RICHMOND, VA - AUGUST 28: Former Virginia Governor Bob McDonnell (C) arrives for his trial at U.S. District Court with members of his legal team August 28, 2014 in Richmond, Virginia. McDonnell and his wife Maureen are on trial for accepting gifts, vacations and loans from a Virginia businessman in exchange for helping his company, Star Scientific. (Photo by Win McNamee/Getty Images) / Win McNamee Getty Images
RICHMOND, Va. -- The prosecution finished its closing argument Friday in the public corruption trial of former Virginia Gov. Bob McDonnell and his wife, Maureen. The McDonnells are accused of accepting more than $165,000 in gifts and loans from former Star Scientific CEO Jonnie Williams in exchange for promoting his company's product, Anatabloc.
Federal prosecutor David Harbach spent two and a half hours questioning the motives of the couple. He told the jury that this investigation did not happen just because Bob McDonnell was governor. Harbach said it happened because what McDonnell did was wrong.
"They spent a lot of time talking about his 38 years of public service, wrapped in the Commonwealth flag, making you forget he stomped on it by selling out his office," Harbach said in his closing arguments.
Harbach told a story of bribery, lies and cover-ups, walking the jury through the timeline of the alleged corruption.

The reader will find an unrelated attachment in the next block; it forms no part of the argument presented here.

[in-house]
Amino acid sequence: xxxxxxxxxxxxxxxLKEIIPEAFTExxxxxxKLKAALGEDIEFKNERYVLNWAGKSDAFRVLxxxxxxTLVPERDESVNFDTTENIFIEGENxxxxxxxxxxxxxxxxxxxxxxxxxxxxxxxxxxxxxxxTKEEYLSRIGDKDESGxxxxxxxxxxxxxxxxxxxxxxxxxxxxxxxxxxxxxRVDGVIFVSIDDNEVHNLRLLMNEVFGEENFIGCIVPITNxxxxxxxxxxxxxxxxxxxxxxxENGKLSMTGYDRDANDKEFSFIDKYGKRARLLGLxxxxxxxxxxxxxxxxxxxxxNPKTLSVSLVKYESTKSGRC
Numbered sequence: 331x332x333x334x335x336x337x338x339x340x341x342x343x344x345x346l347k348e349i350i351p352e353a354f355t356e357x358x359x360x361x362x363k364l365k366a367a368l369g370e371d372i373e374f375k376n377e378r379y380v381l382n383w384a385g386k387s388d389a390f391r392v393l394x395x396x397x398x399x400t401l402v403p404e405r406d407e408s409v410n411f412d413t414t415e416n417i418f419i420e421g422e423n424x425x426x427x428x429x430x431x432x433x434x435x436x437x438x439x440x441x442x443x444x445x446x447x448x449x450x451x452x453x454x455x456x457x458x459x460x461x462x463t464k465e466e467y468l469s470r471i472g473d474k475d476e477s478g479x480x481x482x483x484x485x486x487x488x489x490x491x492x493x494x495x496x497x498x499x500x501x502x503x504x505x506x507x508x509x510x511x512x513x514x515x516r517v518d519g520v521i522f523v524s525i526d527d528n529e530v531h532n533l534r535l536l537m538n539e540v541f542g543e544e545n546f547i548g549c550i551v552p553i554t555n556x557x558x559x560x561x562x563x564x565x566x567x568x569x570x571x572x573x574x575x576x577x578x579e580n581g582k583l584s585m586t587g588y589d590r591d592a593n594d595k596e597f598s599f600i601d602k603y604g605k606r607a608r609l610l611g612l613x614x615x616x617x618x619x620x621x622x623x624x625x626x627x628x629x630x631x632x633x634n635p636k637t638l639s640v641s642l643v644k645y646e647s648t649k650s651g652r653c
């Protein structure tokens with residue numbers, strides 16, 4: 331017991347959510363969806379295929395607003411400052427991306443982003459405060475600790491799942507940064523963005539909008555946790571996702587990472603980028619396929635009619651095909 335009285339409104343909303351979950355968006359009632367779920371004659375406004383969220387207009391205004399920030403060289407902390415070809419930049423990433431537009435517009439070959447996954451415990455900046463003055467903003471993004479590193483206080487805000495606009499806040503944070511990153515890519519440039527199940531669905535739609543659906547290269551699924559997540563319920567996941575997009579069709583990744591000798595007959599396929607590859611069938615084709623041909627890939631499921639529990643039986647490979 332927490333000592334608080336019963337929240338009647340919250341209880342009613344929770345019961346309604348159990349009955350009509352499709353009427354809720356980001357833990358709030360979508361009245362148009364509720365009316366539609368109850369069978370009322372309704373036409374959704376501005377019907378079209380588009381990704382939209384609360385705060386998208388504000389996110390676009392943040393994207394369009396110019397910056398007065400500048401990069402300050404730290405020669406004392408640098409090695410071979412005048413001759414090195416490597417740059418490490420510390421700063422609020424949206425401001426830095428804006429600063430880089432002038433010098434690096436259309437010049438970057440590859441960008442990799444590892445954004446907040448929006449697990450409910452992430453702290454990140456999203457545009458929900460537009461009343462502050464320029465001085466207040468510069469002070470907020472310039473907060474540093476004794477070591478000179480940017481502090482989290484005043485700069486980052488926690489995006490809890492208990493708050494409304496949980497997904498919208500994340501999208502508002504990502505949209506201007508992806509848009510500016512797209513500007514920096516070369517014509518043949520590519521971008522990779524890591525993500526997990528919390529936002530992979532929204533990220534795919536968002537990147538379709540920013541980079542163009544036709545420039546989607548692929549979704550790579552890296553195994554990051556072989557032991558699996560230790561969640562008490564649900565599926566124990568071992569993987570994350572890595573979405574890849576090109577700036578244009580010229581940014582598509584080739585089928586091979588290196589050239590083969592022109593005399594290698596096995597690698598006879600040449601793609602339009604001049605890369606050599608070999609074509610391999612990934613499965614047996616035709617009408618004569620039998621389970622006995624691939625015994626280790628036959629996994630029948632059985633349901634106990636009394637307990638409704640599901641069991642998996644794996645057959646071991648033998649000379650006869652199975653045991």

"Why did he (Williams) give them, why did they (McDonnells) take them?" Harbach asked, referring to gifts and loans in exchange for official acts, the alleged quid pro quo.
The story, as told by Harbach, begins with an April 2011 shopping spree in New York for Maureen McDonnell and ends with the former first lady of Virginia trying to allegedly obstruct justice after an interview with state police.
Bob McDonnell knew exactly what Jonnie Williams wanted and he used his official capacity as governor to deliver, Harbach said.
"He was on the Jonnie Williams gravy train," Harbach said.
Bob McDonnell hid gifts and loans from Jonnie Williams from his staff because "he knew his deal with Jonnie was dirty," Harbach said.
"The defense is trying to divert the blame and distract the jury from a 'mountain of evidence,'" Harbach told the jury.
Harbach walked the jury through the 14 counts in the indictment. Bob and Maureen McDonnell are both charged on counts 1 through 11 for public corruption. The former governor is charged on count 12 for making false statements to a bank. The couple is charged on count 13 for making false statements to a bank. Maureen McDonnell is charged on count 14 for obstruction.
"Don't let him sit there and stand on the coat tails of Thomas Jefferson and Patrick Henry. This is bribery. This is corruption. Don't let that stand," Harbach finished his closing argument.
Going into court at 9:30 a.m. Friday, Bob McDonnell said, "I feel good. I've just kept my eyes on the Lord and my thoughts on the facts, and that's all I can do one day at a time."
When a reporter noted that his whole family was at court, including his son, McDonnell stated, "He just got back from Vanderbilt. The whole family is here. My greatest strength and enjoyment is my five children and they're all here."
Asked whether this was the "most important campaign of your life", McDonnell replied, "It's not a campaign. It's a search for the truth. That's what the system is all about."
Defense attorneys for Maureen McDonnell and then Bob McDonnell will deliver their closing arguments next, followed by the prosecution's rebuttal.
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